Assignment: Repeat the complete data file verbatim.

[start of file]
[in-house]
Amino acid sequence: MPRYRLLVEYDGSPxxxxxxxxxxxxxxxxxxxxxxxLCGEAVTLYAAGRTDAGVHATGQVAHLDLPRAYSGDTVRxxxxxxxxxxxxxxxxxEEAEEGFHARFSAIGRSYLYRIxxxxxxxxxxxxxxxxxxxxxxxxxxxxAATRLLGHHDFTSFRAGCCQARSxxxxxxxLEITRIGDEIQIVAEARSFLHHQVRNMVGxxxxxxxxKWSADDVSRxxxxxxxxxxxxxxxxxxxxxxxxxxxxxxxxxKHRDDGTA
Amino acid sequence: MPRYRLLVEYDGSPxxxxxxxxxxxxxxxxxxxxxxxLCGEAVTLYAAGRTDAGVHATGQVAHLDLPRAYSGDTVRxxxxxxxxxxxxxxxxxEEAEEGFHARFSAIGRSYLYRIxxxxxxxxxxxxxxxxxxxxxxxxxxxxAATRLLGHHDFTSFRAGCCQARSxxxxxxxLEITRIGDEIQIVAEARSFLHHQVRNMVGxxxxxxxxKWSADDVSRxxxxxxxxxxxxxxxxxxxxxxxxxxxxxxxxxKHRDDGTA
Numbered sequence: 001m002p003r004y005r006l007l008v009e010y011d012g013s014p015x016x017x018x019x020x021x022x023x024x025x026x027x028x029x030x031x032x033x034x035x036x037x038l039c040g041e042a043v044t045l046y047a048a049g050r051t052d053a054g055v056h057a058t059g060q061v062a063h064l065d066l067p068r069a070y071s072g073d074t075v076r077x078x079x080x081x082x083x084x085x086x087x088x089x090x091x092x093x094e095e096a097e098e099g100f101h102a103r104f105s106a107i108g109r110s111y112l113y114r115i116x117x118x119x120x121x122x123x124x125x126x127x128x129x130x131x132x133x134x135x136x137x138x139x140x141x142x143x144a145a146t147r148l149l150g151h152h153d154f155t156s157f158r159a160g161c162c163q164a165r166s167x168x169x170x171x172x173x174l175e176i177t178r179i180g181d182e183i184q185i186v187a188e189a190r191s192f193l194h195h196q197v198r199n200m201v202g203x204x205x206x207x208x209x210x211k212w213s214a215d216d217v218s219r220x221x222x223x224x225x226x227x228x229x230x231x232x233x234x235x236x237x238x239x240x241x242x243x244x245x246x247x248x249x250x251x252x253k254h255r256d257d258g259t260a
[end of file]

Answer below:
[in-house]
Amino acid sequence: MPRYRLLVEYDGSPxxxxxxxxxxxxxxxxxxxxxxxLCGEAVTLYAAGRTDAGVHATGQVAHLDLPRAYSGDTVRxxxxxxxxxxxxxxxxxEEAEEGFHARFSAIGRSYLYRIxxxxxxxxxxxxxxxxxxxxxxxxxxxxAATRLLGHHDFTSFRAGCCQARSxxxxxxxLEITRIGDEIQIVAEARSFLHHQVRNMVGxxxxxxxxKWSADDVSRxxxxxxxxxxxxxxxxxxxxxxxxxxxxxxxxxKHRDDGTA
Amino acid sequence: MPRYRLLVEYDGSPxxxxxxxxxxxxxxxxxxxxxxxLCGEAVTLYAAGRTDAGVHATGQVAHLDLPRAYSGDTVRxxxxxxxxxxxxxxxxxEEAEEGFHARFSAIGRSYLYRIxxxxxxxxxxxxxxxxxxxxxxxxxxxxAATRLLGHHDFTSFRAGCCQARSxxxxxxxLEITRIGDEIQIVAEARSFLHHQVRNMVGxxxxxxxxKWSADDVSRxxxxxxxxxxxxxxxxxxxxxxxxxxxxxxxxxKHRDDGTA
Numbered sequence: 001m002p003r004y005r006l007l008v009e010y011d012g013s014p015x016x017x018x019x020x021x022x023x024x025x026x027x028x029x030x031x032x033x034x035x036x037x038l039c040g041e042a043v044t045l046y047a048a049g050r051t052d053a054g055v056h057a058t059g060q061v062a063h064l065d066l067p068r069a070y071s072g073d074t075v076r077x078x079x080x081x082x083x084x085x086x087x088x089x090x091x092x093x094e095e096a097e098e099g100f101h102a103r104f105s106a107i108g109r110s111y112l113y114r115i116x117x118x119x120x121x122x123x124x125x126x127x128x129x130x131x132x133x134x135x136x137x138x139x140x141x142x143x144a145a146t147r148l149l150g151h152h153d154f155t156s157f158r159a160g161c162c163q164a165r166s167x168x169x170x171x172x173x174l175e176i177t178r179i180g181d182e183i184q185i186v187a188e189a190r191s192f193l194h195h196q197v198r199n200m201v202g203x204x205x206x207x208x209x210x211k212w213s214a215d216d217v218s219r220x221x222x223x224x225x226x227x228x229x230x231x232x233x234x235x236x237x238x239x240x241x242x243x244x245x246x247x248x249x250x251x252x253k254h255r256d257d258g259t260a